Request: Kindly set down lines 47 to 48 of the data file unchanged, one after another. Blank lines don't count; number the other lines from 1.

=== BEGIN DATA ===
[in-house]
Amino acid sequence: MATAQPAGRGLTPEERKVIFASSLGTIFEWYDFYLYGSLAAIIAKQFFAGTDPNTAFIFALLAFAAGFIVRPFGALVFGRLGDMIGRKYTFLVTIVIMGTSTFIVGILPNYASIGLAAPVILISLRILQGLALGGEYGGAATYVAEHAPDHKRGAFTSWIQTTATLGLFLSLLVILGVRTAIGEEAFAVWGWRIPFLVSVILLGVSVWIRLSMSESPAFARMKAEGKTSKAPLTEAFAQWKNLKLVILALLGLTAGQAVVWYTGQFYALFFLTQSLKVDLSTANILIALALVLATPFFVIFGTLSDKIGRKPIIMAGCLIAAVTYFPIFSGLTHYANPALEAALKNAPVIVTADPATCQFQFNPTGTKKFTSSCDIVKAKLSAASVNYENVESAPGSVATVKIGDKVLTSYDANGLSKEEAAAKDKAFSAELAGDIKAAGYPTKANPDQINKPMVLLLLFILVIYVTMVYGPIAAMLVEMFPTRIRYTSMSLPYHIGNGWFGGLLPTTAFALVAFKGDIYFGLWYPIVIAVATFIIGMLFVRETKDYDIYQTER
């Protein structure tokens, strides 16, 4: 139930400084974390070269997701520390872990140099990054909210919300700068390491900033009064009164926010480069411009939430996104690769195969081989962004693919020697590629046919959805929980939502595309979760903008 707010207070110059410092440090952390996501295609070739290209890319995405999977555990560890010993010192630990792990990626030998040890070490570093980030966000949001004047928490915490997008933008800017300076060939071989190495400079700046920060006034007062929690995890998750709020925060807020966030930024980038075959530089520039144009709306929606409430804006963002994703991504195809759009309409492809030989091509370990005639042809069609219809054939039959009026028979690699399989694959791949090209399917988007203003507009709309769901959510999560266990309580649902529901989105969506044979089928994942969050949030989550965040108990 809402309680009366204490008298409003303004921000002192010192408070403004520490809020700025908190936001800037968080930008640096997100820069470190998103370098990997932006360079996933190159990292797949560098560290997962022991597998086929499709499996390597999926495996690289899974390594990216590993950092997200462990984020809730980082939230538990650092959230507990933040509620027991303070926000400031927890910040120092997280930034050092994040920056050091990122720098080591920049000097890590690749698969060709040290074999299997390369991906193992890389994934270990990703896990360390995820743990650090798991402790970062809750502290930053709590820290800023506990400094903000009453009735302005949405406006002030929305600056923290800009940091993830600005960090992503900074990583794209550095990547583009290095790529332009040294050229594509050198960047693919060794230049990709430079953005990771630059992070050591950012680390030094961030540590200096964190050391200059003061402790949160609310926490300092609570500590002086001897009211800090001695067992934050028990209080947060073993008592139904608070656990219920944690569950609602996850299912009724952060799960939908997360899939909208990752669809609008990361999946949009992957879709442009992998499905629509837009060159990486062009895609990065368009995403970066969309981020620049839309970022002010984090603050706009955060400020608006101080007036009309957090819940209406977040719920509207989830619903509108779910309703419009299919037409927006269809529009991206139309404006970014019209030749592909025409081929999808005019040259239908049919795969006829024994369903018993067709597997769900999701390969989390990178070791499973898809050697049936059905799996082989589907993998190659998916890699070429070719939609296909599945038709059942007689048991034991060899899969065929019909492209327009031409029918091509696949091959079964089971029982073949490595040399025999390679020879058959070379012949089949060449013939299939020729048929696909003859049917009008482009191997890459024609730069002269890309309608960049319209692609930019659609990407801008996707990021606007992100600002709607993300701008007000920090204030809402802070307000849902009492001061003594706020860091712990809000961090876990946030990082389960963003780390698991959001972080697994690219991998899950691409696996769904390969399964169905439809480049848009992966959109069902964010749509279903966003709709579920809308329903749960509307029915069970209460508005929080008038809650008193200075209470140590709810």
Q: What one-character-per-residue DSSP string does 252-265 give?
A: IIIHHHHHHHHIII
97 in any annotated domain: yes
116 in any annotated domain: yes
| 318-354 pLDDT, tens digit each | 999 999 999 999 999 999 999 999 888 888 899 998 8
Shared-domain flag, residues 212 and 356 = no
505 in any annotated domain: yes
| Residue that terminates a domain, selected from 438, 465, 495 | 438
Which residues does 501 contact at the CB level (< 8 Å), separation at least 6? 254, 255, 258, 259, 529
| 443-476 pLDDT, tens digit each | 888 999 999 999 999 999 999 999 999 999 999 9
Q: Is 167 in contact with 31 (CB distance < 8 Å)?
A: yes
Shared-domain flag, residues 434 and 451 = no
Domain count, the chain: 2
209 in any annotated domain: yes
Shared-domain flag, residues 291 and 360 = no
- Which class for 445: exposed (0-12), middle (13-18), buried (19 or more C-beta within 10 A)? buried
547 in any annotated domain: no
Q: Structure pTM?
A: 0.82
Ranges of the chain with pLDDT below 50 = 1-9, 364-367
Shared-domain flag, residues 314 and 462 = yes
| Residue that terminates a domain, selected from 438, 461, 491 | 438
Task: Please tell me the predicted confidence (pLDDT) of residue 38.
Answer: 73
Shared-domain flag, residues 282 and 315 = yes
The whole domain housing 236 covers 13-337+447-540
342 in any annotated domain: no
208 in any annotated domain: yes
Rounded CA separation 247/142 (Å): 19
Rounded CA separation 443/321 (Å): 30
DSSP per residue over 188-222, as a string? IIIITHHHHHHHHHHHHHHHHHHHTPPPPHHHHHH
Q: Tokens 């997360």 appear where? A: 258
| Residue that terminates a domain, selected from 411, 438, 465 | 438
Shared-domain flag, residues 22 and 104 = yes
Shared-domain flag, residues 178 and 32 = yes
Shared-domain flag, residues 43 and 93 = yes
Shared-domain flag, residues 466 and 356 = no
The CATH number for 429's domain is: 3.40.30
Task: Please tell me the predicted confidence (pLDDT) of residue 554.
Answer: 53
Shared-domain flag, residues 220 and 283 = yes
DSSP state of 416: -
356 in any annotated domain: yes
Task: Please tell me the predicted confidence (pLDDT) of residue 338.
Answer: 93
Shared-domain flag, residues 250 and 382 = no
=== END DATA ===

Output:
356 in any annotated domain: yes
Task: Please tell me the predicted confidence (pLDDT) of residue 338.